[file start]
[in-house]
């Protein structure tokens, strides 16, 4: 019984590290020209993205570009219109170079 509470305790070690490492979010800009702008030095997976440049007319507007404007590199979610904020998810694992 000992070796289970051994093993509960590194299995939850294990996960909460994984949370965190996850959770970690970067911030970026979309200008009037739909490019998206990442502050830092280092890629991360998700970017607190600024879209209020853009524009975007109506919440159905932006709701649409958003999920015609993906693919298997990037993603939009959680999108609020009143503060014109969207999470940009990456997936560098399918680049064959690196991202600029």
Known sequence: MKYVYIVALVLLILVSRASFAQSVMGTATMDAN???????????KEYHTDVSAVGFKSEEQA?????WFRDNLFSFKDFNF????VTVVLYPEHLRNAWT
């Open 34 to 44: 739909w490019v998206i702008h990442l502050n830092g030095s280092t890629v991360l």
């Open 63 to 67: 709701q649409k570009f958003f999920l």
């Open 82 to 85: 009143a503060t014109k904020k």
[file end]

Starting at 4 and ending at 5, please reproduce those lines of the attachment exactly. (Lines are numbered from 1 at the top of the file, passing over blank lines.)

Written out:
């Open 34 to 44: 739909w490019v998206i702008h990442l502050n830092g030095s280092t890629v991360l």
């Open 63 to 67: 709701q649409k570009f958003f999920l």